You know the case for a new DC Outer Beltway and Potomac River crossing is strong when even a study by an anti-automobile group shows both are necessary.
I often disagree with the royal pronouncements by the Metropolitan Washington Council of Governments (MWCOG), an unelected body that believes it has the power to tell you to "shelter in place" during bad weather or a terror attack. And its general policies that promote a developer-friendly agenda, at the cost of quality-of-life for the folks who actually fund government. A.k.a., the taxpayer.
But MWCOG has released a new survey report that argues that the region's economic growth will depend upon "improving ground access to BWI and Dulles" airports. So Ron "Tax Cars Out of Existence" Kirby of MWCOG told The Examiner.
Since the Silver Line to Dulles is already under construction, the only other way to improve access to the region's most popular international airport is by building the Outer Beltway from Montgomery County across the Potomac, into Northern Virginia.
Direct highway access from Maryland into Loudoun County has always been planned as an extension of I-370 (Sam Eig Highway) across the Potomac. This connection would conversely provide Virginia with more access to BWI Airport.
But easy access from Montgomery County to Dulles is the most essential action required to restart our county's economy and job prospects. Especially relative to Fairfax and Loudoun counties.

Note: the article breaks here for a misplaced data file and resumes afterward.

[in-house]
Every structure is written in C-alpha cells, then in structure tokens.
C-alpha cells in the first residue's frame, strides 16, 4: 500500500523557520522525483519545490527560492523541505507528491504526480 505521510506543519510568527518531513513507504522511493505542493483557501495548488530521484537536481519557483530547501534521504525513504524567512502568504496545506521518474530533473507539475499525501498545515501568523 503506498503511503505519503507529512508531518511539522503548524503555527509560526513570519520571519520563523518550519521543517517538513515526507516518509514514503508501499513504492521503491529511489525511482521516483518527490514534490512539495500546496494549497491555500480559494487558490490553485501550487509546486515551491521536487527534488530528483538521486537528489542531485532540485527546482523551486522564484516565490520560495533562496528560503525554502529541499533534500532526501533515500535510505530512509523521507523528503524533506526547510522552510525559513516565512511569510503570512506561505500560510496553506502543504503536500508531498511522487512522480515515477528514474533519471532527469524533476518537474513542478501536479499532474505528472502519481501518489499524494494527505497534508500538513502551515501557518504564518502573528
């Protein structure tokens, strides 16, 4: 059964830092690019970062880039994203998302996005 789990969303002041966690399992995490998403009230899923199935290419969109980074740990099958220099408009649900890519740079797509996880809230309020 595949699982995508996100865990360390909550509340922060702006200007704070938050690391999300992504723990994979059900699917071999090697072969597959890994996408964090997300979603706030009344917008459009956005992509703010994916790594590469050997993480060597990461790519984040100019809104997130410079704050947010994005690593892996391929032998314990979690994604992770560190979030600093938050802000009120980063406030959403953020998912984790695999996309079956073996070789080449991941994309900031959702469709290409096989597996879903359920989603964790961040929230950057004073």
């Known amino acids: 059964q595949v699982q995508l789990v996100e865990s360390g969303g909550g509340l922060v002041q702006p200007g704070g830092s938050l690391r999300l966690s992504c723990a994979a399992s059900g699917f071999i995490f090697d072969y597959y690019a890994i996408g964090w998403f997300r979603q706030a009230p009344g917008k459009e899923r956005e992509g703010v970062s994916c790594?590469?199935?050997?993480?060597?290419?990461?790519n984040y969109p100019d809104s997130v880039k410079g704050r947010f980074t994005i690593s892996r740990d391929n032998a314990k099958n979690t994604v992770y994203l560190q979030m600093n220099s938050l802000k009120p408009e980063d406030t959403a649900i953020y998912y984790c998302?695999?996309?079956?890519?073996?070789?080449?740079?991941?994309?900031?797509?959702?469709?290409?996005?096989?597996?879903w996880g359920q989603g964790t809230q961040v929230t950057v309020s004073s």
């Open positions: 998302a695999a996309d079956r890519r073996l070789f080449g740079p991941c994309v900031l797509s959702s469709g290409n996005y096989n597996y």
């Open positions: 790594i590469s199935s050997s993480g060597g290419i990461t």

Why, you may ask, do companies who consider - and then pass on - moving to Bethesda or Rockville want Dulles access?
There are several reasons they prefer Dulles to BWI.
Here's a simple experiment that illustrates just one of them.
This morning, I did a search on Expedia, for a non-stop, Thursday flight to two common destinations for today's international businessman or woman: Dubai, and Doha.
One passenger. Any type of seat. Go!
BWI: Zero, zilch, nada.
Dulles: Immediately gave me a non-stop flight.
BWI: No dice again!
Dulles: Instant result for the flight I wanted again.
If your airport isn't offering direct flights to Dubai and Doha in today's business world, you're not competitive. And that means Maryland and Montgomery County aren't competitive, either.
Such access to Dulles can "influence the location of business, and even their decision to come to the region, says Kirby, MWCOG's Director of Transportation Planning. Maybe he's coming around after all!
The importance of easy international connections to attracting large employers was the topic of a USA Today article the same day.
"Access to foreign cities can be critical to a city's economic future. Denver watched a [local] corporation [move] to San Francisco because Denver did not have a non-stop flight to Asia at the time. 'We lost a global headquarters,' says Denver Mayor Michael Hancock."
How valuable is such access to a local economy? The addition of one non-stop Denver-Tokyo flight is expected to generate $130 million in local economic activity - annually.
As Hancock told USA Today, "Our goal is to attract new companies that will relocate to Denver."
With the Montgomery County Council steadfastly opposing any new master plan highway construction, or Potomac River bridge, one has to ask, what's their goal?